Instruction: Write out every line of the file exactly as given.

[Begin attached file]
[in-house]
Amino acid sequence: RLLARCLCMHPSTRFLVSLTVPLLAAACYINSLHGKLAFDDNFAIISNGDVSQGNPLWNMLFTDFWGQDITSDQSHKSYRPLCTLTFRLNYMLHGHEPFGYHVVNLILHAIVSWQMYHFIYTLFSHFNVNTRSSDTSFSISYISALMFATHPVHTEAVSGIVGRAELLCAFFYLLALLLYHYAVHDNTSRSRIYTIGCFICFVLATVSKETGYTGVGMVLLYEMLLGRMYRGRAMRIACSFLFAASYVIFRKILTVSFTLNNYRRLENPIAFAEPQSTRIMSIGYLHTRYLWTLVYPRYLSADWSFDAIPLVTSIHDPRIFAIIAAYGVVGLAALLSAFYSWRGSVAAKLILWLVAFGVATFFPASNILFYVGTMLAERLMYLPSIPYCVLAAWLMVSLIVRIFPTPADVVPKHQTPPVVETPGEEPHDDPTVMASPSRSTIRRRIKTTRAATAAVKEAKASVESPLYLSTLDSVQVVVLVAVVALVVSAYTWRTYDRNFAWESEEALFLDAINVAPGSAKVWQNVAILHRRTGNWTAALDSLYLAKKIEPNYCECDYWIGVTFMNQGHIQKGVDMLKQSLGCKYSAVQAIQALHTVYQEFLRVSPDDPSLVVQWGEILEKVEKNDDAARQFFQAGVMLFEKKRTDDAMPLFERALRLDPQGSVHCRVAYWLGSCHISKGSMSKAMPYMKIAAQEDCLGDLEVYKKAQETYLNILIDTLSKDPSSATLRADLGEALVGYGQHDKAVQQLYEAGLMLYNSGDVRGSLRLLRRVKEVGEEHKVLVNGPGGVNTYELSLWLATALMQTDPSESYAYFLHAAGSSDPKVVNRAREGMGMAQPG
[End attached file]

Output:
[in-house]
Amino acid sequence: RLLARCLCMHPSTRFLVSLTVPLLAAACYINSLHGKLAFDDNFAIISNGDVSQGNPLWNMLFTDFWGQDITSDQSHKSYRPLCTLTFRLNYMLHGHEPFGYHVVNLILHAIVSWQMYHFIYTLFSHFNVNTRSSDTSFSISYISALMFATHPVHTEAVSGIVGRAELLCAFFYLLALLLYHYAVHDNTSRSRIYTIGCFICFVLATVSKETGYTGVGMVLLYEMLLGRMYRGRAMRIACSFLFAASYVIFRKILTVSFTLNNYRRLENPIAFAEPQSTRIMSIGYLHTRYLWTLVYPRYLSADWSFDAIPLVTSIHDPRIFAIIAAYGVVGLAALLSAFYSWRGSVAAKLILWLVAFGVATFFPASNILFYVGTMLAERLMYLPSIPYCVLAAWLMVSLIVRIFPTPADVVPKHQTPPVVETPGEEPHDDPTVMASPSRSTIRRRIKTTRAATAAVKEAKASVESPLYLSTLDSVQVVVLVAVVALVVSAYTWRTYDRNFAWESEEALFLDAINVAPGSAKVWQNVAILHRRTGNWTAALDSLYLAKKIEPNYCECDYWIGVTFMNQGHIQKGVDMLKQSLGCKYSAVQAIQALHTVYQEFLRVSPDDPSLVVQWGEILEKVEKNDDAARQFFQAGVMLFEKKRTDDAMPLFERALRLDPQGSVHCRVAYWLGSCHISKGSMSKAMPYMKIAAQEDCLGDLEVYKKAQETYLNILIDTLSKDPSSATLRADLGEALVGYGQHDKAVQQLYEAGLMLYNSGDVRGSLRLLRRVKEVGEEHKVLVNGPGGVNTYELSLWLATALMQTDPSESYAYFLHAAGSSDPKVVNRAREGMGMAQPG